Yes, using the ACT or SAT, rather than, I assume, SBAC or PARCC (depending on your state - WA state uses SBAC.)
Seven states have won permission from the U.S. Department of Education to use SAT or ACT for federal accountability. But a spokeswoman for the department said the states still must present evidence, through the peer-review process, that the exams are valid for that purpose. Colorado, Connecticut, Maine, and New Hampshire won approval to use the SAT for federal accountability, and Arkansas, Wisconsin, and Wyoming got the nod to use the ACT that way.
Is this so easy-peasy?
It isn't clear yet exactly which "nationally recognized high school academic assessments" the Education Department will consider acceptable, since regulations and guidance to implement the new Every Student Succeeds Act haven't yet been written.  

How well a national exam can reflect state standards is a central—and unanswered—question in the use of college-entrance exams for accountability purposes.

FairTest, a group that opposes standardized testing, warned that that provision in the new law "must be treated with caution; those tests are no better educationally than existing state tests, and they have not been validated to assess high school academic performance." The college-entrance exams have long been criticized, too, as biased in favor of wealthier students from college-educated families.
What does this mean for determining outcomes for any given school?
One danger, however, lies in what use states make of college-entrance-exam data. Using it to measure students' likelihood of success in college is one thing, but using it to make judgments about the effectiveness of a school, a principal, or a teacher would be another, assessment experts cautioned.

"Tests like the SAT or ACT can measure college readiness, but whether they can measure a teacher's or a school's contribution to college readiness is an open question," said Lauress L. Wise, the immediate-past president of the National Council on Measurement in Education, which sets standards for best practice in assessment.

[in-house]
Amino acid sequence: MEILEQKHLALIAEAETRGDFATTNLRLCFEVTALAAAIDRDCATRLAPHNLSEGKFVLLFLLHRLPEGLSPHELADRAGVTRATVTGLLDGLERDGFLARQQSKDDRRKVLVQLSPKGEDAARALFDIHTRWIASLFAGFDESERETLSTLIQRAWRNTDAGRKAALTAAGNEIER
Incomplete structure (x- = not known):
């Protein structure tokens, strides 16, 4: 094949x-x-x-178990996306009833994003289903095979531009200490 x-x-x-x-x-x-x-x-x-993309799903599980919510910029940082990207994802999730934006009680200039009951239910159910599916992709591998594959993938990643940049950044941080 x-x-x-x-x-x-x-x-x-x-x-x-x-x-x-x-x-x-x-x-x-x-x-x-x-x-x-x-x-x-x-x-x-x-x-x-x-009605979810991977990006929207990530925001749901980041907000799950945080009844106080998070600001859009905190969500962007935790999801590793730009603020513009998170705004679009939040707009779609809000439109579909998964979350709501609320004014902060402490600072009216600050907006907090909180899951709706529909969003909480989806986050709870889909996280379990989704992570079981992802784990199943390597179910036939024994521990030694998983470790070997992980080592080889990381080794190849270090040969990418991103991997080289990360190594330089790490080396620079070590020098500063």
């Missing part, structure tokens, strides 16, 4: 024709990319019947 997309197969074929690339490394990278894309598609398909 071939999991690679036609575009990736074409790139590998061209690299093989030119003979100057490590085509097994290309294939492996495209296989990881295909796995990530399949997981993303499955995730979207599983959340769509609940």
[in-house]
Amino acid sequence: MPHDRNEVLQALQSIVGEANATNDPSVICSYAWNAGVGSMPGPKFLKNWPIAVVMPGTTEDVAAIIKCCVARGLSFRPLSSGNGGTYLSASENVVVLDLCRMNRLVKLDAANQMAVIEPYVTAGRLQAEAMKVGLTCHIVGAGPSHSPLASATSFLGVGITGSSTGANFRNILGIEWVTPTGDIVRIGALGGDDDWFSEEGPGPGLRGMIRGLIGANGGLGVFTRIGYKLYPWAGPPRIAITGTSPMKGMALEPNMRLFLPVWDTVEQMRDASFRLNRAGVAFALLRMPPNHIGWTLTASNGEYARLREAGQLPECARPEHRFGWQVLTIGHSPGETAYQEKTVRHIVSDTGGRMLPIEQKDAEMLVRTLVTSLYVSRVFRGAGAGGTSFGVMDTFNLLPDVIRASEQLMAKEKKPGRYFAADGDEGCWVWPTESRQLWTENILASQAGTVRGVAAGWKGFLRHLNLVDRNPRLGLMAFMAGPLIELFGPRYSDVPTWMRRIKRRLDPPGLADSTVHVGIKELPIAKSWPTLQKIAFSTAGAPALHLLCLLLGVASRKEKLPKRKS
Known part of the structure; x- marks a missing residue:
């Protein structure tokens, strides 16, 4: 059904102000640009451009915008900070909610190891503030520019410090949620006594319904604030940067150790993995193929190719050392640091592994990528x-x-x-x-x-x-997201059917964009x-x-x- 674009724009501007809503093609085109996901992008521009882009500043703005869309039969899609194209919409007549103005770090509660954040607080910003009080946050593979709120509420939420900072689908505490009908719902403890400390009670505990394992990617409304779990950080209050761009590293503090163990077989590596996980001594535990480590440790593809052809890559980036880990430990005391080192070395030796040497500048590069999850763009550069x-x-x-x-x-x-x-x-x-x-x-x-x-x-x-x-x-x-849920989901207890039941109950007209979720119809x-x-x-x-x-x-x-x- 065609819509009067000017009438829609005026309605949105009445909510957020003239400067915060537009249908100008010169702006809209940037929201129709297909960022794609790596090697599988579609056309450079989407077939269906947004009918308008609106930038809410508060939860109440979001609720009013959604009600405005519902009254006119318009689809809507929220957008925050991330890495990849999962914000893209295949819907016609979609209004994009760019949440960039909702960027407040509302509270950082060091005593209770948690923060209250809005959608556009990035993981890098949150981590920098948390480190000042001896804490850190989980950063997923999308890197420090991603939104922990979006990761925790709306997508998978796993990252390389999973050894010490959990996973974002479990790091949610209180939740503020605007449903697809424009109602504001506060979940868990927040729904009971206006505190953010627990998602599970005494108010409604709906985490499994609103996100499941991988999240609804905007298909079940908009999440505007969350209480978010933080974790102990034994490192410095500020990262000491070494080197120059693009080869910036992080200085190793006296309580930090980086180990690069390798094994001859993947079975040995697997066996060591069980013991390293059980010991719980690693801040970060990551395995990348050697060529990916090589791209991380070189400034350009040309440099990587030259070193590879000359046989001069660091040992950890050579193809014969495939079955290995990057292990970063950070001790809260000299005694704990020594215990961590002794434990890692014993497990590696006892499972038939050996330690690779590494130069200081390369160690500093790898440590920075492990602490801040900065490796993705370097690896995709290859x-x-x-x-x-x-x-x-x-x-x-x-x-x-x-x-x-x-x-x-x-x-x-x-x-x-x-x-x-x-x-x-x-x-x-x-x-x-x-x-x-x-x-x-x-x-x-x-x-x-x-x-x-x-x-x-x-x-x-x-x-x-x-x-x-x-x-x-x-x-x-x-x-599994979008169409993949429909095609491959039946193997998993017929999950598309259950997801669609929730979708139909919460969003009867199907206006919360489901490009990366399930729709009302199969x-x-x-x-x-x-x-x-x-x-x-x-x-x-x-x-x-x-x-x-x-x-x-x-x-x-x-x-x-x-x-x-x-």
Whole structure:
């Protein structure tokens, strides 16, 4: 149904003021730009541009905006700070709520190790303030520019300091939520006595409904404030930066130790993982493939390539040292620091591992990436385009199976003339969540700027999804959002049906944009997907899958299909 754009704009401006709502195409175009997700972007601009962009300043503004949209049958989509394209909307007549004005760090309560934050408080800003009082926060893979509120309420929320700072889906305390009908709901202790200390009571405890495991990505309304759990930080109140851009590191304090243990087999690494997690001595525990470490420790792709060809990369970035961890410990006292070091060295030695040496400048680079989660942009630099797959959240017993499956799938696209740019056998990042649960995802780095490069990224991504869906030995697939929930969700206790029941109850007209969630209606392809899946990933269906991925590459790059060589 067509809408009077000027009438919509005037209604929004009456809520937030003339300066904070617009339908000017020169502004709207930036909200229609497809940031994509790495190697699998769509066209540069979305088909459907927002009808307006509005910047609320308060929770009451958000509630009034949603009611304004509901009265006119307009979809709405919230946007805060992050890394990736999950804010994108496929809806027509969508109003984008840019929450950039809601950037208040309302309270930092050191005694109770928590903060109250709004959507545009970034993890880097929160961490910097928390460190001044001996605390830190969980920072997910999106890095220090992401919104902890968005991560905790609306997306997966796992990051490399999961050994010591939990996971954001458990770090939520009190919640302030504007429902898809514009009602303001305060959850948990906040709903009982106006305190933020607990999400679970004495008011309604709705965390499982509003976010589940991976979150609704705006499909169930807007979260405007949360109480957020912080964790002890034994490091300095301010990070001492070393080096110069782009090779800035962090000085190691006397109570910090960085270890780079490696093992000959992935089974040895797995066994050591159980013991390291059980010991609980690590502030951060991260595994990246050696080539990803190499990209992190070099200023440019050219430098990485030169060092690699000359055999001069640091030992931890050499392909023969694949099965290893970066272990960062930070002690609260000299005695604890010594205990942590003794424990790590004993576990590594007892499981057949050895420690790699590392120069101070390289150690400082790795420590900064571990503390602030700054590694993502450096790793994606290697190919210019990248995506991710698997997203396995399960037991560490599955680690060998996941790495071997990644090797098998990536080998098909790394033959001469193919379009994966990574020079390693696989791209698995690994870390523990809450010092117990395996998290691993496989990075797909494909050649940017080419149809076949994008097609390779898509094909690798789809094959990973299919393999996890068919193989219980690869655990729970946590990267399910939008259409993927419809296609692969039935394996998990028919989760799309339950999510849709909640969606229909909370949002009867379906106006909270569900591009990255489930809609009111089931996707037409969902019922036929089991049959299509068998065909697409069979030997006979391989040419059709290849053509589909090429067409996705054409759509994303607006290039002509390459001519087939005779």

Po3 said...

The current business model for both the ACT and SAT is to get "age appropriate tests" implemented in K-12 classrooms across the country. If they are successful they will take a market share away from Pearson. Also, the ACT has taken a fair share of the SAT market, so SAT is particularly interested in getting a foothold on the K-12 business. In addition, as more colleges move away from the SAT and ACT requirement for admission, less students will take the tests. So both companies will need a new revenue stream. Our education tax dollars are low hanging fruit in this test-obsessed education world we live in.

Time magazine did a big article on this back in Aug or Sept? It's kinda brilliant, if successful.

Melissa Westbrook said...

Po3 and while we ponder what the heck is happening (and why), these people try to get a larger and larger share of the market for their group.

Garfield staff said...

What I see as just one of the many unfortunate components of this is that kids don't have a choice. At least them do/experience both! The exams are very different and I've seen plenty of my kids who do much better on the ACT, for example. I am one of the many people upset with SPS for choosing to administer the SAT on March 2nd for all juniors. It's wonderful to give the opportunity but we need to make sure we expose the kids to ALL of the options, not just the ones through College Board.